How do you find 50 people you don’t know from all over the world?

As you already know from a recent post, I’m lucky to be attending the Sydney Google Teacher Academy in April. I have to say, I’ve been curious to find out who is going and where they’re from. Someone started a Twitter #gtasyd hashtag which got the ball rolling, and soon I was adding people to my Twitter network and to a #gtasyd Twitter list. At one point, somebody asked for those attending the Sydney academy to share their 60 second video. I was thinking the same thing, although I’d tried searching YouTube but the results returned a mixture of people’s videos from different years.

Even though it seemed a little too obvious, I decided to create a Google Doc. This worked very well – after I realised that I’d made it public but hadn’t allowed anyone to edit. Soon #gtasyd people were coming in and introducing themselves, providing photos, a little background to place them geographically and add a personal touch, adding blog urls, Twitter usernames, and a link to their 60 second video.

You can have a look here if you’re interested. At first I thought we were either from Australia, New Zealand or USA but then Boris from Nizhny Novgorod, Russia added his details, followed by a ‘lucky Frenchman’.

Suddenly I’d gone from having very little information about the people I’d be meeting in Sydney – only those who were already in my PLN – to knowing quite a bit about them: where they lived, their identities on Twitter, Skype, Facebook, Diigo, etc., what they looked like, a little family background, not to mention the fact that I could browse their blogs for interests, focus, mindset and more. The fact that these people had a rich web presence made it easy to find the information I needed.

How important is a web presence? How important is it for us to help our students begin to create a digital footprint, a positive and authentic identity online?  These are obviously rhetorical questions. We need to stop focusing on the dangers of our students’ online activity and focus on teaching them to create strong, positive digital footprints.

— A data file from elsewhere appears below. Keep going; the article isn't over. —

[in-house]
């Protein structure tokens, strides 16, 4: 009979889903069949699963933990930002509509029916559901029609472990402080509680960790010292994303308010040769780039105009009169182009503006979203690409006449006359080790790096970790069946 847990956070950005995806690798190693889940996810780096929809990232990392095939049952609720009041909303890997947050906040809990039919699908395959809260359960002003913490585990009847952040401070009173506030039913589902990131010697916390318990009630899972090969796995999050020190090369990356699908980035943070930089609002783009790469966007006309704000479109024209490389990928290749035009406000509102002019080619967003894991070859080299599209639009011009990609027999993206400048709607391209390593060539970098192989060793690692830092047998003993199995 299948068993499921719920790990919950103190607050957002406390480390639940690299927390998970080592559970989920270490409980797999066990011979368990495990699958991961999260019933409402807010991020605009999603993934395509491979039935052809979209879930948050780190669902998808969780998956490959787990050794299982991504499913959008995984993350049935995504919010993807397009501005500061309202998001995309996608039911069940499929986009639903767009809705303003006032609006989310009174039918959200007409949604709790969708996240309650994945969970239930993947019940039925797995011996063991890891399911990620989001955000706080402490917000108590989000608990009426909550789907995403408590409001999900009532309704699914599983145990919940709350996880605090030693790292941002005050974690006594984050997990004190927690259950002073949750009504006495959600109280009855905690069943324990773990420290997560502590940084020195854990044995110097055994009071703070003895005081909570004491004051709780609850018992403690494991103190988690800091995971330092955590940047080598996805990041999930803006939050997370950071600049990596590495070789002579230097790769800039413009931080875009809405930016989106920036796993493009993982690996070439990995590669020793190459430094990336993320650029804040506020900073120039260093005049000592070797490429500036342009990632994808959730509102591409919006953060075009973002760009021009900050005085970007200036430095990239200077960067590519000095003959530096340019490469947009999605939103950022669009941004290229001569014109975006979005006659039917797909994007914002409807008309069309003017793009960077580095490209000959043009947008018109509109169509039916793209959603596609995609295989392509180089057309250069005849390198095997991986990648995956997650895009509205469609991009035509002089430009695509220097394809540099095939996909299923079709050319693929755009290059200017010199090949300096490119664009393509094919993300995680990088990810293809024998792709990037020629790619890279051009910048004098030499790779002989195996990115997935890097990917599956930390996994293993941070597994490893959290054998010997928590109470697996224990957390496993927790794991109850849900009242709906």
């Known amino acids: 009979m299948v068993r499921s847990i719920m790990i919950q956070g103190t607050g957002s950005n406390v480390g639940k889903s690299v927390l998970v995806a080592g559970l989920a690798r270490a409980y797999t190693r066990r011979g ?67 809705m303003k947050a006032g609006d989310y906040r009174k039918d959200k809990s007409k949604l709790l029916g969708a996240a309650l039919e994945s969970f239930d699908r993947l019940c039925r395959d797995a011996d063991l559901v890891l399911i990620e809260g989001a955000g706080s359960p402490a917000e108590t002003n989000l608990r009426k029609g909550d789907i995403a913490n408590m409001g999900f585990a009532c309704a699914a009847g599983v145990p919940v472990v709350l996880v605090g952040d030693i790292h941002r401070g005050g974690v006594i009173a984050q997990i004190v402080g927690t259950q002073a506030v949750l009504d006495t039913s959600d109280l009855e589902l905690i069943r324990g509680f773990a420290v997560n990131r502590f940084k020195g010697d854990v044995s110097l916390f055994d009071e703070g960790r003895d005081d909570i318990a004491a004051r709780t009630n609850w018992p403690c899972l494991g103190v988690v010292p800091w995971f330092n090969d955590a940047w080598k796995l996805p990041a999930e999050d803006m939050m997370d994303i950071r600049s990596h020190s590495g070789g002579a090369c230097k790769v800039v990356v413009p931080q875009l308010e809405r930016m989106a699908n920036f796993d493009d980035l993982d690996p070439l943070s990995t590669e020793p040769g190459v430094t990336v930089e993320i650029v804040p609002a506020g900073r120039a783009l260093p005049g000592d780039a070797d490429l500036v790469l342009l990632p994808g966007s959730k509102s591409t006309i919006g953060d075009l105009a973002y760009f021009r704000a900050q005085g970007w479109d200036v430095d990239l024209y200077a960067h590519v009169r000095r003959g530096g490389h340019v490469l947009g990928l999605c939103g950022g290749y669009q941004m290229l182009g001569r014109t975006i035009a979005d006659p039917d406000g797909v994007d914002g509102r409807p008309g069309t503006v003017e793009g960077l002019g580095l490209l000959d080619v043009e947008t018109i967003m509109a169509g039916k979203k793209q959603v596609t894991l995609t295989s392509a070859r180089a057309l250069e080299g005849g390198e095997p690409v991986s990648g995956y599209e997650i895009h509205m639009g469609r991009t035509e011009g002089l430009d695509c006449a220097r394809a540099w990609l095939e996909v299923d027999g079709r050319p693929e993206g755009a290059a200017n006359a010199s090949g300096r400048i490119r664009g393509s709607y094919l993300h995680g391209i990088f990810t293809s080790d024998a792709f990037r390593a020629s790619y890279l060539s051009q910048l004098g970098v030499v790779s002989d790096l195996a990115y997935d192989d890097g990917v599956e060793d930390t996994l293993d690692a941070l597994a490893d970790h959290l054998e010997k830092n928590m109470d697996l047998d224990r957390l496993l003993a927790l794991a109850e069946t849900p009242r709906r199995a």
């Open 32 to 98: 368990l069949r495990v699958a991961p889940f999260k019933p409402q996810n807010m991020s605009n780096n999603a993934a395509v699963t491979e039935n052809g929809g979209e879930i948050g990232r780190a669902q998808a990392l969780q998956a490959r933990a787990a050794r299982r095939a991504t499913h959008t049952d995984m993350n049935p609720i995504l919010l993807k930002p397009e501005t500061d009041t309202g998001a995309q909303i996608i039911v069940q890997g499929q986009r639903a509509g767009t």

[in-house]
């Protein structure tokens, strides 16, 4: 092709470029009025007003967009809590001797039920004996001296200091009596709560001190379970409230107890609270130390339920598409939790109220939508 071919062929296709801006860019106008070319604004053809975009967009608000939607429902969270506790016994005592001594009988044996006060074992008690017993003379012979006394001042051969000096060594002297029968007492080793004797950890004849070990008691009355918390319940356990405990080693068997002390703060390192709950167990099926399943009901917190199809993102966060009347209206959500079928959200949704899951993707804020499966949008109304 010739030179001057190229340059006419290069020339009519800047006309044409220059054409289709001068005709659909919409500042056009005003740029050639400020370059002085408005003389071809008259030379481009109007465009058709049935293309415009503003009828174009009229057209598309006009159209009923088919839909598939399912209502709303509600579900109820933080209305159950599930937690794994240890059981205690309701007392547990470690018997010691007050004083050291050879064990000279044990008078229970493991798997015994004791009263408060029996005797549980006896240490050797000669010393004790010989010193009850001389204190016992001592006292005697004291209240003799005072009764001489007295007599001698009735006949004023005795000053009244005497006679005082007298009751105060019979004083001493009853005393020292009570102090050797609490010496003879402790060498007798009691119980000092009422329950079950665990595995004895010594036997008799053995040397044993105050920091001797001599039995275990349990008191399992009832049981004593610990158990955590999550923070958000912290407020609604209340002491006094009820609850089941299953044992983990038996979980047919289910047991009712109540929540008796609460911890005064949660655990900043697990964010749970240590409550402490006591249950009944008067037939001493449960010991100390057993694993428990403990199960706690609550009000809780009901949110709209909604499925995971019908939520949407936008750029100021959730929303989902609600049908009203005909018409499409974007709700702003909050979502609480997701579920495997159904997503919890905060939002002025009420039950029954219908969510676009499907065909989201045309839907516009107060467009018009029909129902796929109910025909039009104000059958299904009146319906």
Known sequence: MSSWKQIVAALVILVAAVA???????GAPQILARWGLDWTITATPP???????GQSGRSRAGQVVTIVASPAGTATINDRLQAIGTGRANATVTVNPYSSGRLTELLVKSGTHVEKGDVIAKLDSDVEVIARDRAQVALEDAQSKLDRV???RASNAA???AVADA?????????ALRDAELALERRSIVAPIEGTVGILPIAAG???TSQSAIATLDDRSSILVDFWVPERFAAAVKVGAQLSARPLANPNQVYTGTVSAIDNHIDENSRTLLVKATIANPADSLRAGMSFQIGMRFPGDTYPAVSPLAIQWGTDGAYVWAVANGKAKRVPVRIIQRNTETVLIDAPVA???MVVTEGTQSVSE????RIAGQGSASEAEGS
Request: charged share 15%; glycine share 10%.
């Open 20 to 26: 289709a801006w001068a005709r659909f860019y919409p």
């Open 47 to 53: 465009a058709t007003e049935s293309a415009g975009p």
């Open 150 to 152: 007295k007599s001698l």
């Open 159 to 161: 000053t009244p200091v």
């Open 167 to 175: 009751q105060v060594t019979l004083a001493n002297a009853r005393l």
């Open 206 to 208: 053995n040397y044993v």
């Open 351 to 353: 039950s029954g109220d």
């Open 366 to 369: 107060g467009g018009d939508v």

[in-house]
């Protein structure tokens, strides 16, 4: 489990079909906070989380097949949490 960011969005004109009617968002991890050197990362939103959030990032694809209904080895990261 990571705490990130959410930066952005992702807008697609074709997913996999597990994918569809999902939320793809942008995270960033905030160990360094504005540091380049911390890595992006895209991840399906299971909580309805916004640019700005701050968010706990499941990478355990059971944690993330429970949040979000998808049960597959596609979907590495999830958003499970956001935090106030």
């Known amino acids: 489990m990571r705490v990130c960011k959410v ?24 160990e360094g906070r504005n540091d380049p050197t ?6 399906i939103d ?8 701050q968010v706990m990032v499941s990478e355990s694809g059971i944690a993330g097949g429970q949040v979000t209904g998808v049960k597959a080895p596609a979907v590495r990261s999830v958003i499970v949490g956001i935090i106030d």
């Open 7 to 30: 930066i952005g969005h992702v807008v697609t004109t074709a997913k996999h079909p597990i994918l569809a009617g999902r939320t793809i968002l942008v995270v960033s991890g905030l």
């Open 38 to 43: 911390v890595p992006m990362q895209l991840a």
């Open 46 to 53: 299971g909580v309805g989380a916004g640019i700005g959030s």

At one point, as I was watching Boris (from Russia) enter his details on the Google doc (I love the way you can see it take shape right before your eyes), he noticed I was viewing and we had a short chat. That was cool – I was at school in Melbourne, Australia, and he was in Russia in a different timezone.

I’m glad that Australia finally got a go with Google Teacher Academy, and I’m looking forward to meeting everyone in April. I wonder what kind of projects and connections will come from this experience?

13 thoughts on “How do you find 50 people you don’t know from all over the world?”

  1. This is, no doubt, one of the reasons why you were selected – you take initiative and are a woman of action! I like the idea of a “positive digital footprint”…especially as everyone has heard so much about carbon footprints. I tip my hat (or I would if I was wearing one) to your creativity, ingenuity and supreme ability to think outside the square. How lucky the other 49 participants will be to have the opportunity to interact and exchange ideas with you!

  2. Dayle, you are making me blush. Thankyou for your extremely kind comments, and I wish that more educators (and regular people, haha) could have the opportunities that I’ve had to connect, share and learn with others, just as I wish our students could do.

  3. Thanks for setting up google doc – great idea to make connections before we all meet in Sydney. I too look forward to the incredible professional learning network that we have already begun to create. It is still mind blowing, even when you use technology everyday, to realise how quickly people can connect – just minutes after I read my GTA invitation via email I saw other NZer’s announcing their acceptance on twitter! Instant connections which have very quickly spread globally. Look forward to meeting everyone face to face in Sydney.

  4. You’re welcome, someone would have done it if I hadn’t. So easy and you say, and makes such a difference to our meeting in Sydney. I look forward to meeting you too, quite a few from NZ!

  5. Hi Tania, spot on with this post! Will be quoting you a fair bit with – “How important is it for us to help our students begin to create a digital footprint, a positive and authentic identity online?”

    I too have been quite overwhelmed actually with how quickly I went from my little cave into this incredible network with gtasyd. Thanks for setting up the google doc and I look forward to those vids this weekend. I am very excited about April and catching up! Cheers!

    1. I’m sure I will too, and look forward to sharing, reflecting, trying out new things, Helen. Congrats on being accepted into the Apple D.E program! What does that entail?

  6. Yes, Tania, it was a very exciting experience. I wish we could make something smart even before GTA. It seems all of us have a lot of “implicit” knowledge to share.

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